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Marketing movie magic

By Shuchi Bansal in New Delhi
June 18, 2004 10:06 IST
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Remember Manisha Koirala's Paisa Vasool? The Koirala-Sushmita Sen starrer may not have succeeded at the box office but it did manage to get substantial publicity in the print and outdoor media in association with Hindustan Lever's value-for-money detergent brand Wheel.

The Lever brand was roped in to sponsor the film as Wheel's value-proposition matched with the film title. Another Hindi film, Dum, positioned as a youth film, tied up with the Cafe Coffee Day chain which is considered to be a youth hang-out.

Nearly 80 Cafe Coffee Day outlets were flooded with Dum posters and publicity material, including merchandise (Dum T-shirts and mugs) produced by the coffee chain.

Similarly, about six months back, Ram Gopal Varma's Ek Hasina Thi entered into a tied up with the Barista outlets where the film was promoted through a contest.

Clearly, Bollywood's film promotion, marketing and branding activity seems to be acquiring a different hue. A film release is not just about print media ads, posters and hoardings any longer.

It is about co-branding, online and offline retail promotions, contests, TV and radio publicity, mobile phone marketing and film merchandise. Today these services are being offered by a handful of advertising agencies, which have set up special cells to tap the film marketing business.

In the last eight months advertising and media agencies such as Starcom, Group M and Lintas have set up their film and entertainment divisions. Several others are in the pipeline.

"I'd like to believe that the top 10 agencies have either set up or are in the process of setting up divisions to tap the entertainment business," says Starcom director, Pranay Anthwal.

Anthwal's Starcom Entertainment opened its account with Ram Gopal Varma's Ek Hasina Thi and is currently promoting his new film Gayab.

The company is also handling marketing for Nagesh Kukunoor's Hyderabad Blues 2. After having promoted Paisa Vasool, Lintas-owned Lintertainment is working on two major film projects. The IMAG (Integrated Marketing Action Group) director Ashish Bhasin, however, refuses to share the project details.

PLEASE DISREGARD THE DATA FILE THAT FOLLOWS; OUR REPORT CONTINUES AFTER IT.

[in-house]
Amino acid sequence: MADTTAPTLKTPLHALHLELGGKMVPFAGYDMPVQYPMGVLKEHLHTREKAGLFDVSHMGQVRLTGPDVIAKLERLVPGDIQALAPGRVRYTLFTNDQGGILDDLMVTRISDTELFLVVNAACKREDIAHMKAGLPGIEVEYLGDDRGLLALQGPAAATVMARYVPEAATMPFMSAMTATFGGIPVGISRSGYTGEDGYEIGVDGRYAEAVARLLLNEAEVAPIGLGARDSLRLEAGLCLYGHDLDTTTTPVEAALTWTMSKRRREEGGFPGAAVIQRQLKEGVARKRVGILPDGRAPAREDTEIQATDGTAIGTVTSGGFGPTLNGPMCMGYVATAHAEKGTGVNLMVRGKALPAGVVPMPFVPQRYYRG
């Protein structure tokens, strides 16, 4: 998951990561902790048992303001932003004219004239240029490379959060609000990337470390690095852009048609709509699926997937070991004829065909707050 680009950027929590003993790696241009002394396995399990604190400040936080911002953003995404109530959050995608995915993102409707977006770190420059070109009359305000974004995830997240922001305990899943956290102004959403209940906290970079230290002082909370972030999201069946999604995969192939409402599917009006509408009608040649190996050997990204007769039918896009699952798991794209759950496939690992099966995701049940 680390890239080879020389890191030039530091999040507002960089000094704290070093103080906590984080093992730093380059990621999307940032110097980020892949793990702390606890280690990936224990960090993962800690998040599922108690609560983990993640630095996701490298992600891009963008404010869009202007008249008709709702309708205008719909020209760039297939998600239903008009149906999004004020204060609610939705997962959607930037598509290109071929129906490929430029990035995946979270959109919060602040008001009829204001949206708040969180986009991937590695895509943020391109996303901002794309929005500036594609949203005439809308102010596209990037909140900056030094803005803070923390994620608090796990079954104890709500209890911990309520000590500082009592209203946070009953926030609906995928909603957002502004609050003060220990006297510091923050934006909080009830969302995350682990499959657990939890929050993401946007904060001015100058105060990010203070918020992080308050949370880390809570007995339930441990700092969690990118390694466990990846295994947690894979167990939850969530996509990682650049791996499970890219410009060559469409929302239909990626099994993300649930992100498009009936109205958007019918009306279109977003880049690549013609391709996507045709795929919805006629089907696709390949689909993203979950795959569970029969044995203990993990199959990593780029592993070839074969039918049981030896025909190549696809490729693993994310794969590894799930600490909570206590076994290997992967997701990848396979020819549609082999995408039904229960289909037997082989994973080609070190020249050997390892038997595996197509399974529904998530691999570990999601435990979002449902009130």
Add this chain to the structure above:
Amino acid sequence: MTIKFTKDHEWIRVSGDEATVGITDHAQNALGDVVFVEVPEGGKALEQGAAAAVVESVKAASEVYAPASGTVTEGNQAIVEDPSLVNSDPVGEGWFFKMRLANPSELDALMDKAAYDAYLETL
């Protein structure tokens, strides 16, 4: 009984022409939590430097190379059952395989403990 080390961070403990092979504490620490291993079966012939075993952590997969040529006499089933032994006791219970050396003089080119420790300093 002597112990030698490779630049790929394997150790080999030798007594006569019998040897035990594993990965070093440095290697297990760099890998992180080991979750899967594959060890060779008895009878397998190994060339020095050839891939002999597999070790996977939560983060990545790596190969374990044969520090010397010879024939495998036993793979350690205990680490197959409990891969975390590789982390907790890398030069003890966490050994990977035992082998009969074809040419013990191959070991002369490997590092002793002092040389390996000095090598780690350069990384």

To be sure, currently, the size of the film marketing business is not too large. It is estimated that the film and music industry spends nearly Rs 100 crore (Rs 1 billion) on promotions. Till recently, most of this business was traditionally handled by freelancers and small film promotion companies.

Says Anthwal: "Marketing was done by the producers and directors with the help of people they trusted. Some have spent long enough in the industry to carry out linear marketing functions."

Mumbai's Ad Vista Pvt Ltd, for one, has been in the film promotion business for the last 24 years. Last year, it entered into a joint venture with WPP's Group M to launch CUBE M.

"The M in the name refers to Movies, Music and Media," explains Ad. Vista director Rupali Mehra.

She says that the JV made sense for the two companies as though the advertising agency brings the science of branding and marketing to the table, it has no contacts in the film industry. Ad. Vista enjoys that strength, having promoted films like Chandni, Ram Lakhan, Ashiqui and others in the past.

CUBE M marketed Baghbaan recently and is working on films like Dil Maange More, HumKo Tumse Pyaar Hai and The Perfect Husband. Film is not an easy industry to deal with in any case as it is "personality and beliefs driven. Here superstitions and auspicious signs and days determine the start of a project as well as the release dates," says Mehra.

Besides, producers are not used to thinking in terms of "target audience" and "branding". "Their film promotion plan is based on what the other guy is going to do. As a result a hip, young film has a promotional plan similar to that of a patriotic film," she says.

But things are gradually changing. Today, phrases like TGs, Channel Mix, TRPs, Frequency and Out-of-clutter are being heard at a film producer's desk. As a result, the film marketing business is also expected to grow as more and more production houses discover the benefits of hiring an agency.

Ad agencies too are keen to tap this business as they feel that the film industry is becoming more accountable and professional. "The agencies see a need-gap between 'what is happening now' and 'what can happen' with regards to marketing of a film," says Anthwal.

Also, gradually filmmakers are investing larger sums in marketing. Though typically a film invests about 10-15 per cent of its production budget on marketing, some are stretching it up to 25 per cent.

"Eventually, it is impossible to resist the magic of cinema," says Anthwal, explaining why ad agencies tapping the film business.
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Shuchi Bansal in New Delhi

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